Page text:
“So many people drink ‘moderately,’ and think this either harmless or even protective,” Topiwala said. “As we have yet to find a ‘cure’ for neurodegenerative diseases like dementia, knowing about factors that can prevent brain harm is important for public health.”
The researchers also determined it didn’t matter what kind of drink — wine, spirits or beer — the participants consumed. All alcohol caused damage to the brain.
According to a 2018 study published in the Lancet, alcohol was the leading risk factor for disease and premature death in men and women between the ages of 15 and 49 worldwide in 2016, accounting for nearly one in 10 deaths.
“While we can’t yet say for sure whether there is ‘no safe level’ of alcohol regarding brain health at the moment, it has been known for decades that heavy drinking is bad for brain health,” Sadie Boniface, head of research at the UK’s Institute of Alcohol Studies, told CNN via email. Boniface was not associated with the University of Oxford study.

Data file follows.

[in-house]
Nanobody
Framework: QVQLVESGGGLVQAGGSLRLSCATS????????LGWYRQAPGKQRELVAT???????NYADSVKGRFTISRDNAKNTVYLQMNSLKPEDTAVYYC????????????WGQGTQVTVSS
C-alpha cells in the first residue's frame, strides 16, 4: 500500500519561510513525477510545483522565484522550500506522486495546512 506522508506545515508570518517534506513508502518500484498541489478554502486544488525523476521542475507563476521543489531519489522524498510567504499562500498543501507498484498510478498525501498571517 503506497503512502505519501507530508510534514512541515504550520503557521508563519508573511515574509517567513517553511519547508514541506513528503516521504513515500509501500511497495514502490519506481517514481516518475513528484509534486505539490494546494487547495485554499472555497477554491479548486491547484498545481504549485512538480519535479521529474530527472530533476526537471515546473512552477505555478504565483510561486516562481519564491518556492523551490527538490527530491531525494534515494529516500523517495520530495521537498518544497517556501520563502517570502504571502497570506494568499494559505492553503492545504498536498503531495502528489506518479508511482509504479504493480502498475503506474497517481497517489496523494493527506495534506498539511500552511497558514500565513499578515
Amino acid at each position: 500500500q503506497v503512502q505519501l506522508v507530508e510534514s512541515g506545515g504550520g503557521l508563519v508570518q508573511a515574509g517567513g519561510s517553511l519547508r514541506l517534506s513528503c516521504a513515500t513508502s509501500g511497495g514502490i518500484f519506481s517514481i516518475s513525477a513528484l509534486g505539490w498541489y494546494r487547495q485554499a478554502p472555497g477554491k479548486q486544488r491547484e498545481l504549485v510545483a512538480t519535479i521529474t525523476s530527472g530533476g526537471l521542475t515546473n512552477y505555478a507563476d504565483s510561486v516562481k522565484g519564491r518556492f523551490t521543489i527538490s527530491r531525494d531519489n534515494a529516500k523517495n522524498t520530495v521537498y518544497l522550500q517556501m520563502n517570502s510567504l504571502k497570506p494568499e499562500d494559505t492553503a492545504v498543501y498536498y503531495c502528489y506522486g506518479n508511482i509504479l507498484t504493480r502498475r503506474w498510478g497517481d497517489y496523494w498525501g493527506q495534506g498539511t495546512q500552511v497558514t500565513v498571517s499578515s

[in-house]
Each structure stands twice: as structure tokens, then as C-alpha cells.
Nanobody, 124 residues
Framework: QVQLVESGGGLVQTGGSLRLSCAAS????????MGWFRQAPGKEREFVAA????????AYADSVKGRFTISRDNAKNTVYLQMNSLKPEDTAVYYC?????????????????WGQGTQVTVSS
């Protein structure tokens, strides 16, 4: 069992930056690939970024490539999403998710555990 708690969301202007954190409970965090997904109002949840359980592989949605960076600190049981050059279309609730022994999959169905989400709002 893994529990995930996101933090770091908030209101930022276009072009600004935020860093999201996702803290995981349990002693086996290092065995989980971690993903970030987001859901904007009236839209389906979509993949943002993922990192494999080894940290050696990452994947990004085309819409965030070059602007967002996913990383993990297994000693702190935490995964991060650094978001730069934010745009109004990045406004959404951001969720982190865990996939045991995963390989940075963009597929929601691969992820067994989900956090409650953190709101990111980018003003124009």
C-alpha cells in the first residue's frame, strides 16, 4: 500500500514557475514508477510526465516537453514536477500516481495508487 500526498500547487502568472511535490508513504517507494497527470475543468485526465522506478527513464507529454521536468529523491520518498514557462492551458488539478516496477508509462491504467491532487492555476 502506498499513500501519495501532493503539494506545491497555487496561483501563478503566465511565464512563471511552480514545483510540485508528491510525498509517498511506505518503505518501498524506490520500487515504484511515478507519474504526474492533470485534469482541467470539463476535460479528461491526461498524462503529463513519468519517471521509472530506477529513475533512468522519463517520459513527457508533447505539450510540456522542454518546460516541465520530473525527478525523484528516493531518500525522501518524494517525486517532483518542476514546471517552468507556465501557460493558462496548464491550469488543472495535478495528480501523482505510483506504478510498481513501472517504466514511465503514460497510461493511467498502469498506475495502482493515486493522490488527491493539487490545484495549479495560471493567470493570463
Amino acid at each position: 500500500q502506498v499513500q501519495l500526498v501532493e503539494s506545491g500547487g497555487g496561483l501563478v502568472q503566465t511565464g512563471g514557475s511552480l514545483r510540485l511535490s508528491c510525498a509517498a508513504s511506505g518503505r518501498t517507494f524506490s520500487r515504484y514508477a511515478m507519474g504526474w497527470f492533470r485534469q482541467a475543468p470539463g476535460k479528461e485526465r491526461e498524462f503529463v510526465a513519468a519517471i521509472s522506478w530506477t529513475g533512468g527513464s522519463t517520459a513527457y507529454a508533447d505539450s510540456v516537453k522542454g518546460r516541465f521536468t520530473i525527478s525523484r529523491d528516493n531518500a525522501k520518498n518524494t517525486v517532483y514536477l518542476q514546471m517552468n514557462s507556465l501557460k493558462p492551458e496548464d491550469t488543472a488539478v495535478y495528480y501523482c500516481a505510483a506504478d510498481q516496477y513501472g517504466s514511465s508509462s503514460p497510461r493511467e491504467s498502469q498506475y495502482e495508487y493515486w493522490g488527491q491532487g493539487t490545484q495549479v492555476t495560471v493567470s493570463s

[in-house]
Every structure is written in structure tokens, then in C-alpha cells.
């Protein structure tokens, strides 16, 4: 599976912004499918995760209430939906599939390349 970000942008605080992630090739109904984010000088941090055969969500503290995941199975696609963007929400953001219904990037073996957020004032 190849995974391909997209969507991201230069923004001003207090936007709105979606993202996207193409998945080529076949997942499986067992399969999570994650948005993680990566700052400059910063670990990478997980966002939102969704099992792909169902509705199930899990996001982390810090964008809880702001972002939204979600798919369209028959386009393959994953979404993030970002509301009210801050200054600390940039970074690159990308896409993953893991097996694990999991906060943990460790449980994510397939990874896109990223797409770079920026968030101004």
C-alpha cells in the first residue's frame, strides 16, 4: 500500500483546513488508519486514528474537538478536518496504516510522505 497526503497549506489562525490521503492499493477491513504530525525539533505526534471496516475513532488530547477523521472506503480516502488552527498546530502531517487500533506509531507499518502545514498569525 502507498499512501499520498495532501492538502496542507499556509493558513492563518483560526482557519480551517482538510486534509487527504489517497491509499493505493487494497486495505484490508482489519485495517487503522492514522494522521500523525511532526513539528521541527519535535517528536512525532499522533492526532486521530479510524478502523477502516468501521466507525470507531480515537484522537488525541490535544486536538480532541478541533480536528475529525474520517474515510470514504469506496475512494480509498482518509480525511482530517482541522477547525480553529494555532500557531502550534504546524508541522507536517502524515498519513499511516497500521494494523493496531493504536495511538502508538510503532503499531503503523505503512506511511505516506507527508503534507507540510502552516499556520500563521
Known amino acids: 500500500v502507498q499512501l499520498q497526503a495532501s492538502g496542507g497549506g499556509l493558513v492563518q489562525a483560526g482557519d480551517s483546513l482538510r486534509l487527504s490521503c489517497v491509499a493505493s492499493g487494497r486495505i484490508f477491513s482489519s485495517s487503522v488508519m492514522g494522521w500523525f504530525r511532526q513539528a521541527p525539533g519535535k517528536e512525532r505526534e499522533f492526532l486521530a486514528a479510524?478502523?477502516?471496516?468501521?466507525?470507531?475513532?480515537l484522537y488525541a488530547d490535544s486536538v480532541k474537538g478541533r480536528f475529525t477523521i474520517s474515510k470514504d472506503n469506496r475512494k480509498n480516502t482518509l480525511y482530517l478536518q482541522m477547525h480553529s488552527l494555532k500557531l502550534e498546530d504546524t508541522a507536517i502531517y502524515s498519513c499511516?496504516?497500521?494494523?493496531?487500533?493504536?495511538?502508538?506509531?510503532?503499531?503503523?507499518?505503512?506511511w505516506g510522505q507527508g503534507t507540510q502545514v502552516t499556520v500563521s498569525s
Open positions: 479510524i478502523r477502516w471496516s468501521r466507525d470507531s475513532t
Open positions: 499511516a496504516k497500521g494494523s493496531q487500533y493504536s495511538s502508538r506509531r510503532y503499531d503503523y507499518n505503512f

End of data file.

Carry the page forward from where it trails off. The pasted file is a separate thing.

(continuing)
Tony Rao, a visiting clinical fellow in Old Age Psychiatry at King’s College London, told CNN: “Even at levels of low-risk drinking, there is evidence that alcohol consumption plays a larger role in damage to the brain than previously thought. The (Oxford) study found that this role was greater than many other modifiable risk factors, such as smoking.”
The Oxford study has yet to be peer reviewed.
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